Highways and highway safety cut 50% Cut national highway and automobile regulations; eliminate money paid to states to encourage state regulations, projects that are primarily for state and local transportation, and so on. Leave some money for routes actually used primarily for interstate commerce, at least for now.
    Mass transit Eliminate Not much interstate commerce going on here. Cities have their own budgets and tax collectors. The private sector can even run mass transit systems as they have in the past.
    Railroads Eliminate Might in theory be useful in interstate commerce, if it wasn’t so badly run. Sell it to the private sector.
    Air transportation Cut 50% I’d like to see further deregulation to encourage more air traffic, especially among personal aircraft. This will lead to smaller population densities and less vulnerability to attack or disaster. Also, the Canadians seem to do okay leaving air traffic control to the private sector, so we should be able to do the same. If so, we can whittle this item down until all that’s left is enforcement of a mandatory liability insurance rule for aircraft operators.

    Community and regional development

    Community development Eliminate
    Area and regional development Eliminate
    Disaster relief and insurance cut 50% Get rid of subsidized flood insurance and impromptu payoffs and let the market encourage people to live in the right place and take the right amount of risk for their resources, job description, etc. This is actually the perfect opportunity to do this, as people across the political spectrum gasp at the kinds of costs that our current habits demonstrably lead to. Keep some homeland security stuff and some resources to show off to the world how well our military and National Guard can handle the worst that nature (as well as human enemies) can throw at us.

    Education

    Elementary, Secondary, & Vocational education Eliminate Public education doesn’t work. It seemed to work at the beginning, but unlike market institutions, it hasn’t evolved as needed. Even “good” public education leaves its students with a nearly worthless diploma after consuming their entire childhoods. For those inclined to scream with outrage over this cut, remember that this is Federal education spending; I’m not touching your state’s education budget here, which along with the local school district is where most of your school’s money comes from.
    Higher education Eliminate Public higher education is following the same trajectory as public education generally, but hasn’t deteriorated as much to date. Still, pull the plug and sell it all to the private sector before we flush progressively longer portions of our future generations’ lives down the toilet.
    Research and general education cut 50% Ditch PBS, and most education “research” activity, which has been a bust for quite a while. Keep the Library of Congress and the Smithsonian; it’s good to preserve as much of our civilization’s data and artifacts as we can as insurance against a new Dark Age, as well as an aid to individual self-education.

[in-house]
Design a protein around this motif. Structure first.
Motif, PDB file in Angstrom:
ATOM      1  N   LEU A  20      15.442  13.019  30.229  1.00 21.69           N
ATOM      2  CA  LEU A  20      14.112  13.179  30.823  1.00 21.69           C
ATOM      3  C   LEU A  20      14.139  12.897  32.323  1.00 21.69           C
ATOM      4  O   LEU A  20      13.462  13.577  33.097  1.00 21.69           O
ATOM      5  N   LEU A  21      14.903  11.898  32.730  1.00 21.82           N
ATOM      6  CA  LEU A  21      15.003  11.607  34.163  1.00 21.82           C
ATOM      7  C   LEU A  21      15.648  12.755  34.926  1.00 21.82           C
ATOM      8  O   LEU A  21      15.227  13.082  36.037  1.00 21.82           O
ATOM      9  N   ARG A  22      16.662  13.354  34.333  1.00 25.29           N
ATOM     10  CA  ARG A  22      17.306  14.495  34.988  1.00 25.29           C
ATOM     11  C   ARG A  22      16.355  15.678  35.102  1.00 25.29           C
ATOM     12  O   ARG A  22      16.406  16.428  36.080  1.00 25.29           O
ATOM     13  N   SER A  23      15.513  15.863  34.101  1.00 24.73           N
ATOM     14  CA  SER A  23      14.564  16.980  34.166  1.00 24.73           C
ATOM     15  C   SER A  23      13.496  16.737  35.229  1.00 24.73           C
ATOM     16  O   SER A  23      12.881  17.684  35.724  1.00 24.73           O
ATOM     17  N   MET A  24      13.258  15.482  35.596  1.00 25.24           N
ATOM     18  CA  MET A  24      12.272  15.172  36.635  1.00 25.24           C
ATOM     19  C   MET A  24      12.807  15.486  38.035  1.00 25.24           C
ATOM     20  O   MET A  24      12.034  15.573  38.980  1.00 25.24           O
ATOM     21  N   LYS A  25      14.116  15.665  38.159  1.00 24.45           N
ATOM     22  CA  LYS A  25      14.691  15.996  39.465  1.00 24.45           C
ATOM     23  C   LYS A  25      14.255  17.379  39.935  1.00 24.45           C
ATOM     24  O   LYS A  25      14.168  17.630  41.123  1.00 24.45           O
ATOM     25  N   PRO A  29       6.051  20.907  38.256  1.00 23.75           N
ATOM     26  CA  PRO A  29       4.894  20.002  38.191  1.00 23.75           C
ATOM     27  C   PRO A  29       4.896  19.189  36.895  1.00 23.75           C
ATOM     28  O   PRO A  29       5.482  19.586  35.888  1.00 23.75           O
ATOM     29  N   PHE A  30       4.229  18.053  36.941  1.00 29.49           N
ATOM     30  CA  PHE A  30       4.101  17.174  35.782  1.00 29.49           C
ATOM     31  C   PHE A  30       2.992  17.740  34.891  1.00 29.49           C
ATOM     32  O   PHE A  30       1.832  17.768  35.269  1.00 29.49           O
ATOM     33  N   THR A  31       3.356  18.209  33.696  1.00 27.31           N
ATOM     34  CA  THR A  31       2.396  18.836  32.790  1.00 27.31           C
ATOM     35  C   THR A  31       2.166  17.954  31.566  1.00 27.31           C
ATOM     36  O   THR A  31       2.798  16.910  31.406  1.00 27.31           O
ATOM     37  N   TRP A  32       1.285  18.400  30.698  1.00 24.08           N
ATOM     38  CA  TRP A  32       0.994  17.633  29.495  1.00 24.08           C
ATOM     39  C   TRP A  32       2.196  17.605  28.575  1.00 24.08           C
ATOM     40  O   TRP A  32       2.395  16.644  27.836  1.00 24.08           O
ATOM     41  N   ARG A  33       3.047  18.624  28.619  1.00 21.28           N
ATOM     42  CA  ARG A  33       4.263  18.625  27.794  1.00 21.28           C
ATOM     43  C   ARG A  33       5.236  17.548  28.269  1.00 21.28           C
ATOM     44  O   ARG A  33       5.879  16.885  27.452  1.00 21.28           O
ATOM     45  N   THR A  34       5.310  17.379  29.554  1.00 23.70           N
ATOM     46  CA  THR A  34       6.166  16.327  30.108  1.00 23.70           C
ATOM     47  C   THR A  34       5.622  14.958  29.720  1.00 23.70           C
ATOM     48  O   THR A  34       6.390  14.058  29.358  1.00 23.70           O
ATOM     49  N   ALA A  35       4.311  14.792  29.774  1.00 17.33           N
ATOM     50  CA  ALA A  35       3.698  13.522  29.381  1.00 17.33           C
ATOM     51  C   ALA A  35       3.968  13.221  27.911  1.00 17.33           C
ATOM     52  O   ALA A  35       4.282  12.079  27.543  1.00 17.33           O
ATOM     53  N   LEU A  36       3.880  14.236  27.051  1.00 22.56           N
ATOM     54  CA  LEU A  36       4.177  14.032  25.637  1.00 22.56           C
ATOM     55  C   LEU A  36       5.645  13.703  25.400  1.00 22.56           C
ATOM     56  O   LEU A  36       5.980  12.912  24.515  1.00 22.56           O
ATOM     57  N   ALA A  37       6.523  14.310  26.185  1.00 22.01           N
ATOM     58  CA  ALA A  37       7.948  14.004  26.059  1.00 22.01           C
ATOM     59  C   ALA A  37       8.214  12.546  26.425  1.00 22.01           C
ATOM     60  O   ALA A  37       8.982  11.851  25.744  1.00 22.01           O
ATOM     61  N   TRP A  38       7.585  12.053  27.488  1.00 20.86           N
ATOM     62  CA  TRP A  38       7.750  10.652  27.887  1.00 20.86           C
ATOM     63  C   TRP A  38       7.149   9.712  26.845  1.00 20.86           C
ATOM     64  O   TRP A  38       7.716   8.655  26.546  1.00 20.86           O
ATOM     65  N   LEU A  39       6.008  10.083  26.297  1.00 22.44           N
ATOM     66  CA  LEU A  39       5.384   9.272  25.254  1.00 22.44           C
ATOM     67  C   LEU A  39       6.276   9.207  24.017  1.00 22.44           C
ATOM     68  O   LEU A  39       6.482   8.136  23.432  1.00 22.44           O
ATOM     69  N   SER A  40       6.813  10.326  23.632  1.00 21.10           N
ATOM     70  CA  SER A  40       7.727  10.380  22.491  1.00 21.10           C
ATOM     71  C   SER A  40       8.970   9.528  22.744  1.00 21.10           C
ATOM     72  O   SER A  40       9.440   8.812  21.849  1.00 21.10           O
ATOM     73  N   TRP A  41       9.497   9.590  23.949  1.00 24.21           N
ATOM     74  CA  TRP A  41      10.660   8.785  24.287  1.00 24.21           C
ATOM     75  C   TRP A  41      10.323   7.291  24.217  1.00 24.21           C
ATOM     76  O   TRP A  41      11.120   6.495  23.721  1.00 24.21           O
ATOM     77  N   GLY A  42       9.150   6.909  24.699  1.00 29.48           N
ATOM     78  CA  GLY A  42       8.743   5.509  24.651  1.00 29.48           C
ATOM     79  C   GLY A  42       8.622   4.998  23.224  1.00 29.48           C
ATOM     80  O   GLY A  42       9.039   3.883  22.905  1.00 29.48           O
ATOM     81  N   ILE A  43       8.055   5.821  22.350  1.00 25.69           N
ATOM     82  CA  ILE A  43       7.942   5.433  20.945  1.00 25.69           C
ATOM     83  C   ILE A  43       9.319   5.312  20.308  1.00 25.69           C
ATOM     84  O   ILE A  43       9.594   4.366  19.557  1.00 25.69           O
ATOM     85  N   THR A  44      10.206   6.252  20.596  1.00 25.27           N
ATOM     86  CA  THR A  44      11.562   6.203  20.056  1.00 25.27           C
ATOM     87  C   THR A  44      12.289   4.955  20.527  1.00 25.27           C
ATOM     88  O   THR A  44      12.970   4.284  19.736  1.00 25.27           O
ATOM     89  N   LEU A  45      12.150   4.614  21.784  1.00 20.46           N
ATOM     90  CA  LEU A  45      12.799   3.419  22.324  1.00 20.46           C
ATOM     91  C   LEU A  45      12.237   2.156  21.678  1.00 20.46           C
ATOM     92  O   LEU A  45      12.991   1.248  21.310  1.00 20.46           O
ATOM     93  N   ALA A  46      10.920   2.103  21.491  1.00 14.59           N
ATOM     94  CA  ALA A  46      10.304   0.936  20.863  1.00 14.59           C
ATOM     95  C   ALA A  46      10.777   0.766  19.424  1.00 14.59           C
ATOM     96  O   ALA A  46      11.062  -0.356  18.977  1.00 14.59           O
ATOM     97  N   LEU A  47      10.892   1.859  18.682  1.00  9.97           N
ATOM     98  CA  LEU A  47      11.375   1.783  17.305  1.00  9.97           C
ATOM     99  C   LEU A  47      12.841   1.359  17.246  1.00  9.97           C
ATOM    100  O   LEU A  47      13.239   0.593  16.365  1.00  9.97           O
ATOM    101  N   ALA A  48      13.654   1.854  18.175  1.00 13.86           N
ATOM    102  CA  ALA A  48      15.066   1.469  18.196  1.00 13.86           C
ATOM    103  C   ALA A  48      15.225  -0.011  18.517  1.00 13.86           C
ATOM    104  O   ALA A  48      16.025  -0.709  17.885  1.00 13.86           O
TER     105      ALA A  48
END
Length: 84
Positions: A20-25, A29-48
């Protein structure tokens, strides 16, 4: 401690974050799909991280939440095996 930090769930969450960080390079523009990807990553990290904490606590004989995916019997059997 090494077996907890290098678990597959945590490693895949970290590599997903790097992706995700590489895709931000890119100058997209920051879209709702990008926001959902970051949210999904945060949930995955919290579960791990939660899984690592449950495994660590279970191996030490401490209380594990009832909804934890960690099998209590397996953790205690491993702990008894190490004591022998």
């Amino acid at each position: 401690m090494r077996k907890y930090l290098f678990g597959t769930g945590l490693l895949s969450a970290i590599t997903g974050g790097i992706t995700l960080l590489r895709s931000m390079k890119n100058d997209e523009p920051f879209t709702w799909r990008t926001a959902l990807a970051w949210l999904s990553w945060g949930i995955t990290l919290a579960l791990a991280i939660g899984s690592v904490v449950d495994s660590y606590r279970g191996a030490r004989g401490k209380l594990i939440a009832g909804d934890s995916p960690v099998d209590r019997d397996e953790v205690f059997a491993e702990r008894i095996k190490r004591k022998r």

Training, labor, and unemployment

    Training and employment cut 50% Much of it is crap for yesterday’s jobs.
    Labor law, statistics, and other administration Eliminate The best way to encourage employers to take a chance on people with sketchy credentials is to let them fire with impunity if it doesn’t work out. Labor law just gets in the way of people finding, offering, and changing jobs. Unjust discrimination is also unprofitable discrimination and doesn’t need to be outlawed; vigorous suppression of mob violence and domestic KKK-style terrorism will do the trick.
    Unemployment compensation Hold even

    Non-Medicare Health Spending

    State Children’s Health Insurance Eliminate Stop paying for state programs. That’s what state taxes are for. Giving them free Federal money just encourages them to spend it without weighing costs and benefits.
    Medicaid grants Cut 50% Block grants to the states and matching funds for state projects are some of the worst ideas to come out of the Republican party in recent years. State spending should be paid for with state funds. Federal money makes state governments behave quite a bit like individual welfare clients. I assume that there’s still direct Federal benefits in here; if so, it’s not worth the trouble of fooling with them for now.
    Disease control, public health and bioterrorism Hold even There’s some “public health” bullshit like anti-tobacco, anti-fat, etc. activity in here, but it can (and should) be replaced by more activity to study and prepare countermeasures for bioterror and naturally occuring epidemics (i.e., actual public health issues).
    Food safety and occupational health and safety cut 50% Strip these guys of their enforcement powers, especially the FDA, so medicine can advance faster. They can stay in existence and keep inspecting if they get over their bias toward overprotectiveness; letting consumers use their own judgement and cheerfully ignore them if they blow their credibility should keep them more honest.

    Medicare

    Prescription drug benefit Eliminate Democrats and Republicans alike are seeing the utter folly of this turkey. Hopefully Bush pushed it just to keep the Democrats from loading us with a bigger one. Now that Democrats are bitching about it, it’s the perfect opportunity to kill this beast once and for all

    Corporate Tax Breaks

    Energy, Mining, and Timber Tax Breaks Eliminate When it makes sense, this sort of activity should pay for itself. It’s not really an offset to “income” the way other business expenses deductions are, right? If it is, leave it alone.